At Philly Dog Works we are committed to making your dog as happy and comfortable as possible.

Treat your pampered pet to a relaxing massage or acupuncture session to improve, maintain, or supplement their health and wellbeing.  

We are also here to help your aging pet when they are suffering from the aches and pains of aging and arthritis, a less active lifestyle, or any number of issues. Massage has been shown to help with rebuilding and maintaining important muscle mass as well increasing circulation and flexibility.



Services + Rates



50 minute session - $60

During your initial appointment we will discuss your pet’s current lifestyle, any changes that have taken place, and any concerns you may have. We will then do a nose to tail evaluation of your pets musculature and range of motion and discuss our findings with you so that we can come up with the best massage possible to make your pet as relaxed and comfortable as we can.

Who Benefits From Canine Massage:

All dogs benefit from massage in the same ways that we benefit from massage. Massage can be a way to relax and also a way to become calm and centered. Dogs suffering from certain ailments may benefit from massage more than others:
  • Geriatric dogs suffering from age related conditions like arthritis
  • Muscle sprains and strains
  • Relieves muscle tension and increases range of motion
  • Increases flexibility
  • Facilitates recovery after surgery and exercise
  • Soothes sore muscles and joints
  • Supports proper digestion
  • Regulates the immune system
  • Improves mood, reduces anxiety, depression, and stress




per SESSION - $100

What Is Acupuncture?

Acupuncture is an ancient practice dating back thousands of years to China, where it has been used to treat a variety of conditions in both humans and animals. The purpose of this practice is to produce a healing response in the body by inserting needles into specific points, called acupoints. Each acupoint has a specific effect on other tissues and organ systems within the body when stimulated. It is the response that aim to correct imbalances and restore balance to the body.

Today, acupuncture is used all around the world, as both medical therapy and as a form of preventative medicine. To maximize its benefits, acupuncture is commonly used in conjunction with Western medicine, to treat a wide variety of conditions in numerous species. Research into the scientific basis of acupuncture continues to advance, and positive benefits have been demonstrated in both humans and animals. Acupuncture is not indicated in every medical condition, and it may not succeed when traditional medicine has failed; however it can provide undeniable benefits for a wide variety of ailments.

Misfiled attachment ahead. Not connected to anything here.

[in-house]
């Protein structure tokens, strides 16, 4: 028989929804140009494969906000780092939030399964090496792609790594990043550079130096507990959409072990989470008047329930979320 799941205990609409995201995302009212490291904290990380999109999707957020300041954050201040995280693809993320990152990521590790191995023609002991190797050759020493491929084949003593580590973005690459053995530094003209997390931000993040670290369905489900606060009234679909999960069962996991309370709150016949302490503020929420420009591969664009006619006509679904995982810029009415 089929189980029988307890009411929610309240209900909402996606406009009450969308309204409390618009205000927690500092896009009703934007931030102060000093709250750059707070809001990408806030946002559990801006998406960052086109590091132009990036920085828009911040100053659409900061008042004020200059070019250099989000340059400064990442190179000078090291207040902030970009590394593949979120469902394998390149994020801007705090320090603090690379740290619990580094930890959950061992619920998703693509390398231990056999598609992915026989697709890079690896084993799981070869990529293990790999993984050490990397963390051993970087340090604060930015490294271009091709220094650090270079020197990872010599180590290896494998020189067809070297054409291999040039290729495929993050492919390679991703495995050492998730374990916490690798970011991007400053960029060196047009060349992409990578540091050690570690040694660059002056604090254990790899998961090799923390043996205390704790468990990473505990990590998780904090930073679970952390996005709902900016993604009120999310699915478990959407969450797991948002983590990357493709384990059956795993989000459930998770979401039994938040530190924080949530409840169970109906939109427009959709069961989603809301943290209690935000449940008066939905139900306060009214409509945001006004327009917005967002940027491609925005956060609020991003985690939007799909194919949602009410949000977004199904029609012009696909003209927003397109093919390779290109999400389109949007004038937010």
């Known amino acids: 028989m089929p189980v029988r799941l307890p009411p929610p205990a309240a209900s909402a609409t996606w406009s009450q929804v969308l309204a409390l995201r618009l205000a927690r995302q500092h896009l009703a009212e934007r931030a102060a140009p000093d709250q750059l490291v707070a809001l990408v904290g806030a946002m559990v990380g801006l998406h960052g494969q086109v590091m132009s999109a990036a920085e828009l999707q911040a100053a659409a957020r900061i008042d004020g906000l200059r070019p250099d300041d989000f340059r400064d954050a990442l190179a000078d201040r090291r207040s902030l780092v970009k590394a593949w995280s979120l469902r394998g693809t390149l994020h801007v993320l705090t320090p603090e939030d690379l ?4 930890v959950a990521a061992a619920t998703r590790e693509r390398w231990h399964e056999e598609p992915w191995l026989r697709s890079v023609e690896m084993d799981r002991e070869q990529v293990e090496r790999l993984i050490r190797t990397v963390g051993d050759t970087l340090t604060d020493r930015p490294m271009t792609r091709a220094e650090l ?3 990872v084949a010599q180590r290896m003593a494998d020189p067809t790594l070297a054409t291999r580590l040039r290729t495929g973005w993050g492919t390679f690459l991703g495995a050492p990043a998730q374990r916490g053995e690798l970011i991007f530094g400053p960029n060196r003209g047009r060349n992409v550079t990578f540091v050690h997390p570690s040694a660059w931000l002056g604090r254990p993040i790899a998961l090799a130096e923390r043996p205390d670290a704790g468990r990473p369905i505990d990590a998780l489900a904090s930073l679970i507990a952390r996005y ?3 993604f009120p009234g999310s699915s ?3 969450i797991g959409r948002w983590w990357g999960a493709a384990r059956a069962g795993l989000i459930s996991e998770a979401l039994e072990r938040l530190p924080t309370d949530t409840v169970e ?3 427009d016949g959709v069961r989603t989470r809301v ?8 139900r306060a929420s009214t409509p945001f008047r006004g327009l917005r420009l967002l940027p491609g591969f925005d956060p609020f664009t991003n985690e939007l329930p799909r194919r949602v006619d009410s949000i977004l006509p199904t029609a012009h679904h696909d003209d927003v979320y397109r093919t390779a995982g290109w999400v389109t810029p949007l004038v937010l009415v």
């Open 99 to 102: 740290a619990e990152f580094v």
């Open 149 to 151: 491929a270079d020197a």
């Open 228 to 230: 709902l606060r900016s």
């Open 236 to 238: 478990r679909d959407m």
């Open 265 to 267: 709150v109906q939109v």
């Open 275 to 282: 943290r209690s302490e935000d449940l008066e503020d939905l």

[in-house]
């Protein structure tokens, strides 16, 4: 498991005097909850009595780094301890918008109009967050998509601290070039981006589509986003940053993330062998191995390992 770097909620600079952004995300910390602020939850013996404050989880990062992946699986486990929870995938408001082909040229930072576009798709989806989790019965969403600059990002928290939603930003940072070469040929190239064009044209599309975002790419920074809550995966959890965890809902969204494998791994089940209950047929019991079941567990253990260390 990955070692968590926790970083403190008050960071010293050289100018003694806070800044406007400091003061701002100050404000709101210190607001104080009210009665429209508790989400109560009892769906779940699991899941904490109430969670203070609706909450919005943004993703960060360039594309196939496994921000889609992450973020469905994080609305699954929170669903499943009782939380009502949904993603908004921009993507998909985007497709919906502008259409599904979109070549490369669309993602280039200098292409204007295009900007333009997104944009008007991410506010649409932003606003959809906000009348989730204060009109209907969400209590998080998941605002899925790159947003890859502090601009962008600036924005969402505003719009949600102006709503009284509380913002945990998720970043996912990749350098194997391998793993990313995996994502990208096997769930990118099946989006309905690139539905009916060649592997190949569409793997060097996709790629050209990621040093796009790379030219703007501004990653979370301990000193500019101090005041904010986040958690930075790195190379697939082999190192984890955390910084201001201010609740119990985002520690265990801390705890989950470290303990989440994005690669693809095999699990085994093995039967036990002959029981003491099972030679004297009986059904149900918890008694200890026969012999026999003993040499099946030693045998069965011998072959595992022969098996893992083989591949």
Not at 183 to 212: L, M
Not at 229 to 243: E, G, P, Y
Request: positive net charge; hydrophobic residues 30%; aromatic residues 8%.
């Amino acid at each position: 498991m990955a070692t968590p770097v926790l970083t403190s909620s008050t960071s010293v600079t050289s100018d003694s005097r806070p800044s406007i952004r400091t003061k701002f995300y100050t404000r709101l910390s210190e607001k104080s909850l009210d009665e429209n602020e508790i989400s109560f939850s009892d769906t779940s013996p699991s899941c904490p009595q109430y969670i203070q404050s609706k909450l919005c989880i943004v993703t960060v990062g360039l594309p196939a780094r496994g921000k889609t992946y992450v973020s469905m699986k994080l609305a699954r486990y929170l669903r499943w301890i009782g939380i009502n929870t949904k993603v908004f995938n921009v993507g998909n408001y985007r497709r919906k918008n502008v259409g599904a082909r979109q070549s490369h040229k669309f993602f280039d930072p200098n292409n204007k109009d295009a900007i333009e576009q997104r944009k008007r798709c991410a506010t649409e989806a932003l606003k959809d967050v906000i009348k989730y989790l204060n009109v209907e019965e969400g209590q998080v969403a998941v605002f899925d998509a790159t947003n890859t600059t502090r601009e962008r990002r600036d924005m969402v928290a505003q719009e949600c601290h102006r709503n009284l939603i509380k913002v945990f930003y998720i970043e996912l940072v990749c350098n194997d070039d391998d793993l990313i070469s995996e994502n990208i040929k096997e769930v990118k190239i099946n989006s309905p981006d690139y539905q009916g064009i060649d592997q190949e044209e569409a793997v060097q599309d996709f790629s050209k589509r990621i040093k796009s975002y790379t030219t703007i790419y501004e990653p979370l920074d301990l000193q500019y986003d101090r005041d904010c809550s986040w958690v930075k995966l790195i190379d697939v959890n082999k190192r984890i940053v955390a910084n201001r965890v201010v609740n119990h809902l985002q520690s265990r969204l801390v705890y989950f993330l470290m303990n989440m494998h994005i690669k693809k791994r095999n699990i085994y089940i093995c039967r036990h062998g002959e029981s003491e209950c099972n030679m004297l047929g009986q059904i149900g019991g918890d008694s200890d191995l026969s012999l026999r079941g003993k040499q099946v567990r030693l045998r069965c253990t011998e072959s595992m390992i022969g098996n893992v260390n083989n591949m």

In companion animals, acupuncture is indicated for a number of problems, including conditions of the following systems:

  • Musculoskeletal
    • Including sport/athletic injuries
  • Nervous system
  • Gastrointestinal
  • Skin
  • Respiratory
  • Select reproductive disorders

Does Acupuncture Hurt?

Many animals do not acknowledge or react to the insertion of acupuncture needles. Other animals may experience an uncomfortable sensation upon insertion of needles. Once the needles are in place, they do not cause any additional pain or discomfort.




Lindsay Hallman CVT, CCMT

Lindsay has been working as a veterinary nurse in the fields of emergency, intensive care, oncology, and physical therapy since 2001. She graduated with a degree in Veterinary Nursing from Harcum College and did her clinical rotations at The University of Pennsylvania Ryan Veterinary Hospital and The New Bolton Center Hospital. She has had a special interest in rehabilitation and physical therapy since starting in that field in 2011, working under two certified physical therapy veterinarians. She graduated from Brandenburg Massage Therapy School with a certification in canine massage therapy to further her education in the field of physical therapy. She is a caring and compassionate animal lover who forms strong connections and bonds with all of her patients.

Lindsay lives in Philadelphia with her two dogs Pig and Tessa Jean. Pig is a senior border collie mix with an active personality. He was diagnosed with a brachial plexus nerve sheath tumor invading his spine leaving him with quite a few physical limitations. Being involved with his continued treatment and care has strengthened her interest in helping other families and their pets to find alternatives to helping manage pain and live longer happier lives.



Dr. Cierra French, DVM

Dr. Cierra French was born in York, PA and raised in Cecil County, Maryland. She attended Towson University and worked as a veterinary technician while completing her undergraduate studies. After earning her Bachelor's degrees in both biology and chemistry, Dr. French attended the Virginia-Maryland College of Veterinary Medicine in Blacksburg, VA.

During veterinary school. Dr. French worked in the veterinary teaching hospital as a laboratory technologist. She also volunteered on Native American reservations in Arizona providing wellness and preventative care. During her final year of study Dr. French received a scholarship to attend the Chi Institute of Traditional Chinese Veterinary Medicine in Reddick, Fl. She graduated from veterinary school in the top third of her class, and completed her advanced training in small animal acupuncture shortly after graduating.

Dr. French completed a general rotating internship with Pennsylvania Veterinary Specialty and Emergency Associates. Her professional interests include emergency medicine, endocrinology, neurology, and integrative medicine. In her spare time, she enjoys yoga, arts/crafts, and traveling. She and her husband have two dogs, a cat, and two chinchillas.





Phone: 267-6060DOG • (267-606-0364)